Martin Luther King said, “Our lives begin to end the day we become silent about things that matter.”
If you drive around your neighborhood, you will see many chained up dogs shivering in the cold. Winter weather means extra hardship for ‘backyard” dogs, and, as responsible pet caregivers, we acknowledge that it is inhumane treatment, but we seem to just look the other way and are silent. These dogs suffer from frostbite, exposure, and dehydration, and often have nowhere to go to escape the cold and snow. Why do so many dogs end up at the end of a chain? There are many excuses. Animals are still considered property in the eyes of the law, and some caregivers view their dogs as “possessions” to do with as they please. Others just shrug and say that people have always kept dogs that way. Some simply don’t want the animal in the house and resort to a chain to prevent him from running away. Most have tired of the responsibility of adequately caring for a dog or are not willing to deal with a behavior problem, and have simply relegated him to the outdoors—tied or penned up. There are thousands of chained dogs in this country who exist with deprivation and loneliness. Let’s begin the New Year by breaking our silence about all the chained and penned up dogs. Lori Oswald tells this true story of a backyard dog.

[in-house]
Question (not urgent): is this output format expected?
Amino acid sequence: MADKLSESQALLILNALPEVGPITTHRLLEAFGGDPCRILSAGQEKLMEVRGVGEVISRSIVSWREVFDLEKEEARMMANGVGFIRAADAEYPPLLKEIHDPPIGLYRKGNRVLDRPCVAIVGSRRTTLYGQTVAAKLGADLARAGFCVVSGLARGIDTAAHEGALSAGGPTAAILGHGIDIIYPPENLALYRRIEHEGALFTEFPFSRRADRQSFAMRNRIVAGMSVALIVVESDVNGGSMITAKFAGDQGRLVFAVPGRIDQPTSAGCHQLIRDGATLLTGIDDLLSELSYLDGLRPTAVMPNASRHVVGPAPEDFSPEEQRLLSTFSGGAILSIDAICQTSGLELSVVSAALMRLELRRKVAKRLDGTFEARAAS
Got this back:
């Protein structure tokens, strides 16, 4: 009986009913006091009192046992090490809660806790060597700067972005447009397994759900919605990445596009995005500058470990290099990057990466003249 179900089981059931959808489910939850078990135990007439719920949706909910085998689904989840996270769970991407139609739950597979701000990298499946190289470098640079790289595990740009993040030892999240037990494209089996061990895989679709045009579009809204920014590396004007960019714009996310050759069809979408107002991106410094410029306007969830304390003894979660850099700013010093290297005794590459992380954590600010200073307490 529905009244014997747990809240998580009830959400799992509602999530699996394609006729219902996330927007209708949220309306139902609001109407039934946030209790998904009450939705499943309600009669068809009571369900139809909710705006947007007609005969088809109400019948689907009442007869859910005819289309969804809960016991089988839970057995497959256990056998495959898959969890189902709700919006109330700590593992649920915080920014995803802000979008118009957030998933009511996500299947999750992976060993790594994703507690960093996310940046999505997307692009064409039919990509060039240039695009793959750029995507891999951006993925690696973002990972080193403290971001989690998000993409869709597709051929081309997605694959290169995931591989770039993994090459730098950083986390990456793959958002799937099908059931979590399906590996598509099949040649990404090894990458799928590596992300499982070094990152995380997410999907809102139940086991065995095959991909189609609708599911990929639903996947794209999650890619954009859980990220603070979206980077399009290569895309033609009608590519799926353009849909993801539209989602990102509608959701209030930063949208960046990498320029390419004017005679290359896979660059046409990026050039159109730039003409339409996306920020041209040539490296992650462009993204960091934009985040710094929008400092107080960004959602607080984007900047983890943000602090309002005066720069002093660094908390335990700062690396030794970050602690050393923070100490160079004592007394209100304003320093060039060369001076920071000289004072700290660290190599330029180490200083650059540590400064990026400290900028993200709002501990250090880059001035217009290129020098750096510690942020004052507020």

Donovan was not a special dog. He never pulled a child from in front of an oncoming car; he didn’t win a ribbon in a dog show; he was quite an ordinary dog. His owners could be considered quite ordinary too…a nice family with two children, who decided fourteen years earlier to get a dog. A dog would be fun. So one day, perhaps at a shopping center giveaway, or maybe from the pet section of the local ads, they found Donovan, and brought him home. At first the kids were excited, but the newness soon wore off. Dad build a small house and they staked him outside with a chain attached to it, agreeing that he would be “just fine” outside. I never met Donovan. Although I regularly visited his house, I never even knew he existed. He lived 24/7 on a six foot chain, digging holes for entertainment, watching as life passed him by. Mom assured everyone that he was “well cared for.” For 14 years Donovan lived out back on his chain, hungering for a little attention and affection. One day he finally escaped his little world on a chain and holes and dog house—he died. Donovan, unfortunately, is not a fictional character. Neither are his owners. They have been looking around for another dog. “We sure miss Donovan,” they lament.
How many Donovans are in your neighborhood? It’s no Happy New Year for dogs on chains, and it is up to us to break our silence and say “NO! It is not okay to allow dogs to be tethered for extended periods of time.” A dog is a pack animal and needs to be treated as part of the family.